Regardless of who lines up in the offensive backfield on Sept. 11 against the Scarlet Knights, UNC’s rushing attack must improve by leaps and bounds, or the lofty preseason prognostications will fall by the wayside.

On one hand, I hate jumping right into panic mode about the season or the team.  However, when you are talking about football and the limited nature of the schedule, seeing the Heels running game looks much as it did last season in the first game against a lower division opponent the concern cannot really be masked.  The 243 yards Greg Little posted versus Georgia Tech and Duke at the end of 2007 was considered evidence that UNC would figure out the running game this season.  Davis, to his credit, made it a focus and even was willing to use this game in an effort to launch the running game.  The problem was the offensive line and Little in particular did not play well.  Davis has been clear that the blame lies with his staff as well as the entire offensive unit save the QB and receivers. The offensive line, despite being bigger and stronger, did not do it's job and Little did not have much to work which exasperated the fact the sophomore did not run the ball that well to begin with. Shaun Draughn was a bright spot but probably due more to a tiring McNeese State defense rather than general improvement on UNC's side.

The question is what does this all mean going forward, especially with a huge game at Rutgers in two weeks?  Barnes makes a valid point that the emergence of a running game is the foundation of the media hype surrounding these Heels.  I also think, where the O line is concerned you are talking about larger issues than simply the running game if they continue to show an inability to control the line of scrimmage.  Bad blocking affects the passing game as well, unless of course this group is simply having trouble blocking to open up running room but are fine when it comes to straight protection.  Two sacks given up to a smaller but quicker team might indicate otherwise on that point.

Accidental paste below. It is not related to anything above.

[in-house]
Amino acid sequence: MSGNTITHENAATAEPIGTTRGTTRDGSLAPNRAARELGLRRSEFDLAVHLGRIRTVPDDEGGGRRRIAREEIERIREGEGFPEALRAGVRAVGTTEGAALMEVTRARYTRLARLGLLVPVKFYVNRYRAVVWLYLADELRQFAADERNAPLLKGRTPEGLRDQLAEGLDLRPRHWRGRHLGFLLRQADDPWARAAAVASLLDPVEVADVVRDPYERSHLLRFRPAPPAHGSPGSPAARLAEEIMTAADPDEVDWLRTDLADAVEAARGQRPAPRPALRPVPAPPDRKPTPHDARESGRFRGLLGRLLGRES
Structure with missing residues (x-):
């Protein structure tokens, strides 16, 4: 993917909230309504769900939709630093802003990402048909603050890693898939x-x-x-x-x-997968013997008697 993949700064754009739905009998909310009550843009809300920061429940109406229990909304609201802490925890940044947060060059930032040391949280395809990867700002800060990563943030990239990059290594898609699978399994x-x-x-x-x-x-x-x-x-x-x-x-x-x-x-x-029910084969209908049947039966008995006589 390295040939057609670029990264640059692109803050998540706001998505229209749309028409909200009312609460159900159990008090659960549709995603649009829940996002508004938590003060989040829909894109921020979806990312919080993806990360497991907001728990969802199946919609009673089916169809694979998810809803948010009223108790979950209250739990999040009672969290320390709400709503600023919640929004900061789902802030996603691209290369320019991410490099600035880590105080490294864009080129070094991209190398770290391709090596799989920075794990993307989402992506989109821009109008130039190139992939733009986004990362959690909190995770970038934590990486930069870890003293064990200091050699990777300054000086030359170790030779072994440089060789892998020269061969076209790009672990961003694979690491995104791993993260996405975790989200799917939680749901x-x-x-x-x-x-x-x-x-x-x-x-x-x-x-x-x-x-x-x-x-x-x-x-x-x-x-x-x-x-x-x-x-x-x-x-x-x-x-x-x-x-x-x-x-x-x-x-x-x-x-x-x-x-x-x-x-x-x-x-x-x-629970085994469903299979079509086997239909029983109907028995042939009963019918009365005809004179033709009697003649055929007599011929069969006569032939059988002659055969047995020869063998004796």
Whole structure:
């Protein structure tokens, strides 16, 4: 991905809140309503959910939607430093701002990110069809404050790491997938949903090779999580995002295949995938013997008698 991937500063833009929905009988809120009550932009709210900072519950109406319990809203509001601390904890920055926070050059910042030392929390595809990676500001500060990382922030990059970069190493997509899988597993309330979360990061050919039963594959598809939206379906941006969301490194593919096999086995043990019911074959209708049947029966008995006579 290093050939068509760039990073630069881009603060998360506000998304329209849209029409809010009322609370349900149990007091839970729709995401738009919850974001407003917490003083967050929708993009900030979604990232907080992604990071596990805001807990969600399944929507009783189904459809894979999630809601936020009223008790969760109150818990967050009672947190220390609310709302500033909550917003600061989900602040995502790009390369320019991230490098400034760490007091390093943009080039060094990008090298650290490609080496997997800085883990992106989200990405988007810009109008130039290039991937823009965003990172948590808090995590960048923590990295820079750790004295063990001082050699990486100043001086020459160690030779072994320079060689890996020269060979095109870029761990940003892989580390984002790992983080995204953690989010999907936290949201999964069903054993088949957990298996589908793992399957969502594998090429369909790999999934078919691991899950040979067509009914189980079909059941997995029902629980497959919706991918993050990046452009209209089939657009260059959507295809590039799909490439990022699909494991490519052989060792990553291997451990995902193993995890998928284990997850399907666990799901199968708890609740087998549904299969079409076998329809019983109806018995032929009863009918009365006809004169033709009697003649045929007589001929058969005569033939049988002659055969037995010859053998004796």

Perhaps the more intriguing aspect of Davis' remarks is the fact he is apparently willing to toss three running backs out there instead of focusing on one, which is how things were done last season.  Obviously it is better to have one guy doing most of the work complimented by a couple of other backs but when that one guys is not effective other options must be considered.  The nature of the football schedule does not permit for giving someone time to grow into the job.  UNC needs a running game now.  My read of Davis' remarks between the lines tell me that while the O line did a fairly miserable job of blocking for the run, there is some concern about Little since he has "things to improve on."  Granted Davis lumped Little in with his teammates but the unwillingness to commit to LIttle for a bulk of the carries versus Rutgers screams to me that either Davis is not willing put all his eggs in Little's basket until Little proves he is the answer.

Hopefully, this was the one bad game brought on my nerves and a young team still finding it's way.  10 days from now on a field in New Jersey will likely tell us whether that is the case or if Yates can look forward to nasty pass coverages all season long.